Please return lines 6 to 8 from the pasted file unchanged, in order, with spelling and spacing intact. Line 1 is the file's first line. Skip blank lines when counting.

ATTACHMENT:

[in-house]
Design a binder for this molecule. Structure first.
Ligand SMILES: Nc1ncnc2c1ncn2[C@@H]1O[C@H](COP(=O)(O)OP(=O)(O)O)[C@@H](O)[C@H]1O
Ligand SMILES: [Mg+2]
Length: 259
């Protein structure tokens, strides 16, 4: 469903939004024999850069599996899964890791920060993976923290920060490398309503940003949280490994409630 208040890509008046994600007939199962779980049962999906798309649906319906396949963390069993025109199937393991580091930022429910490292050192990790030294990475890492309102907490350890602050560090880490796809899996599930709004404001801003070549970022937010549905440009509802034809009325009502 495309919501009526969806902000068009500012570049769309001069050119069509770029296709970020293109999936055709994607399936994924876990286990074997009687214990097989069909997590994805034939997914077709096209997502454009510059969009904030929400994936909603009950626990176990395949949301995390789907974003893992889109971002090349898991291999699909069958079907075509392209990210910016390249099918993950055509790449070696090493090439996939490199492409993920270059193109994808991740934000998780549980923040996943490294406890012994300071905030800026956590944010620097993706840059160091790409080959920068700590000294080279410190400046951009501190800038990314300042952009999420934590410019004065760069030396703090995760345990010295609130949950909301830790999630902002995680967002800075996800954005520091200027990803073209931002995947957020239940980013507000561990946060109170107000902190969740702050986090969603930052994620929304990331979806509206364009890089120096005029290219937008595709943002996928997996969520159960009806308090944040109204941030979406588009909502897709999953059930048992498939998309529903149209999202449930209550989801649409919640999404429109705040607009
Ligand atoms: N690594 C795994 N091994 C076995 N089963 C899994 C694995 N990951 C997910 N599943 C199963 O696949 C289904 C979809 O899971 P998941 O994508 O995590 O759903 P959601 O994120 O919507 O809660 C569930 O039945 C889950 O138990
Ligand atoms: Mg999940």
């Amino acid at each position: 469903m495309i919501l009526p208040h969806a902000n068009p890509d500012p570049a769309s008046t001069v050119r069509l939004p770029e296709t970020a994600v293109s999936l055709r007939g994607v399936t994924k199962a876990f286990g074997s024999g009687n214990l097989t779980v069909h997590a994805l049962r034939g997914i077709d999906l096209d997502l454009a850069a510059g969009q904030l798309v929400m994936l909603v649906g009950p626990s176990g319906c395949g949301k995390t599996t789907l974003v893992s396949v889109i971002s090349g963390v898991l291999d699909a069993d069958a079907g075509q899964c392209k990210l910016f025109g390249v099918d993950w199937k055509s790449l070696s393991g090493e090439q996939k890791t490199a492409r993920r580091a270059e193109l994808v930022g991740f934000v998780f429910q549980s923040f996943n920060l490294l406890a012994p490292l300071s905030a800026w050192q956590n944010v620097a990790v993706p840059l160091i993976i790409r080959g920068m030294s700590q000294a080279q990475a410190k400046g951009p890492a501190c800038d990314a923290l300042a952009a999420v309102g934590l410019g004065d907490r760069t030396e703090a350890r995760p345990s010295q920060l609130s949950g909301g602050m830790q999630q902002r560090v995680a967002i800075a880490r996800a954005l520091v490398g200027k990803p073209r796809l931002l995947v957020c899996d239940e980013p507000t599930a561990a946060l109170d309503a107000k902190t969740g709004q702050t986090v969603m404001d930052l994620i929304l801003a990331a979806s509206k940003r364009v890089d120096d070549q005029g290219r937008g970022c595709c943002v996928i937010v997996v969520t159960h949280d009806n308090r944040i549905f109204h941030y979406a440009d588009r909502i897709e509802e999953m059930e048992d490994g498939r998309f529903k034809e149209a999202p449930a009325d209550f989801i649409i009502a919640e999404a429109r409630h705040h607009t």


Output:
């Protein structure tokens, strides 16, 4: 469903939004024999850069599996899964890791920060993976923290920060490398309503940003949280490994409630 208040890509008046994600007939199962779980049962999906798309649906319906396949963390069993025109199937393991580091930022429910490292050192990790030294990475890492309102907490350890602050560090880490796809899996599930709004404001801003070549970022937010549905440009509802034809009325009502 495309919501009526969806902000068009500012570049769309001069050119069509770029296709970020293109999936055709994607399936994924876990286990074997009687214990097989069909997590994805034939997914077709096209997502454009510059969009904030929400994936909603009950626990176990395949949301995390789907974003893992889109971002090349898991291999699909069958079907075509392209990210910016390249099918993950055509790449070696090493090439996939490199492409993920270059193109994808991740934000998780549980923040996943490294406890012994300071905030800026956590944010620097993706840059160091790409080959920068700590000294080279410190400046951009501190800038990314300042952009999420934590410019004065760069030396703090995760345990010295609130949950909301830790999630902002995680967002800075996800954005520091200027990803073209931002995947957020239940980013507000561990946060109170107000902190969740702050986090969603930052994620929304990331979806509206364009890089120096005029290219937008595709943002996928997996969520159960009806308090944040109204941030979406588009909502897709999953059930048992498939998309529903149209999202449930209550989801649409919640999404429109705040607009
Ligand atoms: N690594 C795994 N091994 C076995 N089963 C899994 C694995 N990951 C997910 N599943 C199963 O696949 C289904 C979809 O899971 P998941 O994508 O995590 O759903 P959601 O994120 O919507 O809660 C569930 O039945 C889950 O138990
Ligand atoms: Mg999940």